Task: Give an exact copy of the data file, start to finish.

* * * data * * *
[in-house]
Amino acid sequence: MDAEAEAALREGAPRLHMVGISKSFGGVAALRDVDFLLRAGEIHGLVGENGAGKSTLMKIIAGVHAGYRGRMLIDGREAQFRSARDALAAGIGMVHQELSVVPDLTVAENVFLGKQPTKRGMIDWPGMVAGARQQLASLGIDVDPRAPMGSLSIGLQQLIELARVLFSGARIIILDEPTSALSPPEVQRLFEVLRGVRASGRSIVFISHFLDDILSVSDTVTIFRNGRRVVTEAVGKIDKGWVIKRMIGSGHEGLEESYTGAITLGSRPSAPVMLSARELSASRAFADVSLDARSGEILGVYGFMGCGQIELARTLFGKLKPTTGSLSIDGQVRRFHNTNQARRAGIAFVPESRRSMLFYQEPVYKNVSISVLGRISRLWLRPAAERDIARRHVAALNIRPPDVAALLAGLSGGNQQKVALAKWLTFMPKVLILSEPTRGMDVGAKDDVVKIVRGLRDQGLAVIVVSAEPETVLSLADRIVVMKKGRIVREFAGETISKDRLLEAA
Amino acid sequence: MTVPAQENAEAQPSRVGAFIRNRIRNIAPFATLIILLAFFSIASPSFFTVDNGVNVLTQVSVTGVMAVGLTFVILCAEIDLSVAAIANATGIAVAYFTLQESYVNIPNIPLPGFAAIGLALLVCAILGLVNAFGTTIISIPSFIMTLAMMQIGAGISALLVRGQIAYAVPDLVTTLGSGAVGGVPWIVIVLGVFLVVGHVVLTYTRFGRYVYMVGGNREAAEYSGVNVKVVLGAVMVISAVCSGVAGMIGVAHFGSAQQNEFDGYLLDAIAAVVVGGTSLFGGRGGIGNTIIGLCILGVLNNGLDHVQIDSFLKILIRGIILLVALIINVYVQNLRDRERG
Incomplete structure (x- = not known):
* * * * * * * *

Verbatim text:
[in-house]
Amino acid sequence: MDAEAEAALREGAPRLHMVGISKSFGGVAALRDVDFLLRAGEIHGLVGENGAGKSTLMKIIAGVHAGYRGRMLIDGREAQFRSARDALAAGIGMVHQELSVVPDLTVAENVFLGKQPTKRGMIDWPGMVAGARQQLASLGIDVDPRAPMGSLSIGLQQLIELARVLFSGARIIILDEPTSALSPPEVQRLFEVLRGVRASGRSIVFISHFLDDILSVSDTVTIFRNGRRVVTEAVGKIDKGWVIKRMIGSGHEGLEESYTGAITLGSRPSAPVMLSARELSASRAFADVSLDARSGEILGVYGFMGCGQIELARTLFGKLKPTTGSLSIDGQVRRFHNTNQARRAGIAFVPESRRSMLFYQEPVYKNVSISVLGRISRLWLRPAAERDIARRHVAALNIRPPDVAALLAGLSGGNQQKVALAKWLTFMPKVLILSEPTRGMDVGAKDDVVKIVRGLRDQGLAVIVVSAEPETVLSLADRIVVMKKGRIVREFAGETISKDRLLEAA
Amino acid sequence: MTVPAQENAEAQPSRVGAFIRNRIRNIAPFATLIILLAFFSIASPSFFTVDNGVNVLTQVSVTGVMAVGLTFVILCAEIDLSVAAIANATGIAVAYFTLQESYVNIPNIPLPGFAAIGLALLVCAILGLVNAFGTTIISIPSFIMTLAMMQIGAGISALLVRGQIAYAVPDLVTTLGSGAVGGVPWIVIVLGVFLVVGHVVLTYTRFGRYVYMVGGNREAAEYSGVNVKVVLGAVMVISAVCSGVAGMIGVAHFGSAQQNEFDGYLLDAIAAVVVGGTSLFGGRGGIGNTIIGLCILGVLNNGLDHVQIDSFLKILIRGIILLVALIINVYVQNLRDRERG
Incomplete structure (x- = not known):